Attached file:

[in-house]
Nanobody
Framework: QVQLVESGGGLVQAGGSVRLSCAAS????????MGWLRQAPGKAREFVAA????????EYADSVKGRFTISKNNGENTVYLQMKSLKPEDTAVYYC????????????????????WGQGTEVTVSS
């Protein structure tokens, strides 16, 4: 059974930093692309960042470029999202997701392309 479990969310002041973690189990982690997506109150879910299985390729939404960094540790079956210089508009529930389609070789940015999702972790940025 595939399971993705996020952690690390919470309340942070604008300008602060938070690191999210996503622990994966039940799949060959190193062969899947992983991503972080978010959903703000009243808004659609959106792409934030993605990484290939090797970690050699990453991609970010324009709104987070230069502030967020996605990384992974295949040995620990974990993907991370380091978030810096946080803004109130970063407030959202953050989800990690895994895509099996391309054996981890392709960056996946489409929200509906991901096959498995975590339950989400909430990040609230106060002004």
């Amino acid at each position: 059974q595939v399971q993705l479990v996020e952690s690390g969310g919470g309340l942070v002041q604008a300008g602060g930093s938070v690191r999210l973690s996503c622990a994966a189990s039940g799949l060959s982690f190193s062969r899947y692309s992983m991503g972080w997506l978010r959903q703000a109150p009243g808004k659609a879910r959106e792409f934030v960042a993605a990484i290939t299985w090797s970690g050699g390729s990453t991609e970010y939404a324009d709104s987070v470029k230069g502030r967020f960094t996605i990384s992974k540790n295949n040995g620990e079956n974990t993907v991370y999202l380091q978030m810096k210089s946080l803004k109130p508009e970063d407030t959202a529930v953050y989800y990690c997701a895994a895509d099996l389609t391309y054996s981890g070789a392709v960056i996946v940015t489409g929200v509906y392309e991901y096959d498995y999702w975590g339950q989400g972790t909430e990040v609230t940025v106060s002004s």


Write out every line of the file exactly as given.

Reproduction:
[in-house]
Nanobody
Framework: QVQLVESGGGLVQAGGSVRLSCAAS????????MGWLRQAPGKAREFVAA????????EYADSVKGRFTISKNNGENTVYLQMKSLKPEDTAVYYC????????????????????WGQGTEVTVSS
């Protein structure tokens, strides 16, 4: 059974930093692309960042470029999202997701392309 479990969310002041973690189990982690997506109150879910299985390729939404960094540790079956210089508009529930389609070789940015999702972790940025 595939399971993705996020952690690390919470309340942070604008300008602060938070690191999210996503622990994966039940799949060959190193062969899947992983991503972080978010959903703000009243808004659609959106792409934030993605990484290939090797970690050699990453991609970010324009709104987070230069502030967020996605990384992974295949040995620990974990993907991370380091978030810096946080803004109130970063407030959202953050989800990690895994895509099996391309054996981890392709960056996946489409929200509906991901096959498995975590339950989400909430990040609230106060002004």
């Amino acid at each position: 059974q595939v399971q993705l479990v996020e952690s690390g969310g919470g309340l942070v002041q604008a300008g602060g930093s938070v690191r999210l973690s996503c622990a994966a189990s039940g799949l060959s982690f190193s062969r899947y692309s992983m991503g972080w997506l978010r959903q703000a109150p009243g808004k659609a879910r959106e792409f934030v960042a993605a990484i290939t299985w090797s970690g050699g390729s990453t991609e970010y939404a324009d709104s987070v470029k230069g502030r967020f960094t996605i990384s992974k540790n295949n040995g620990e079956n974990t993907v991370y999202l380091q978030m810096k210089s946080l803004k109130p508009e970063d407030t959202a529930v953050y989800y990690c997701a895994a895509d099996l389609t391309y054996s981890g070789a392709v960056i996946v940015t489409g929200v509906y392309e991901y096959d498995y999702w975590g339950q989400g972790t909430e990040v609230t940025v106060s002004s």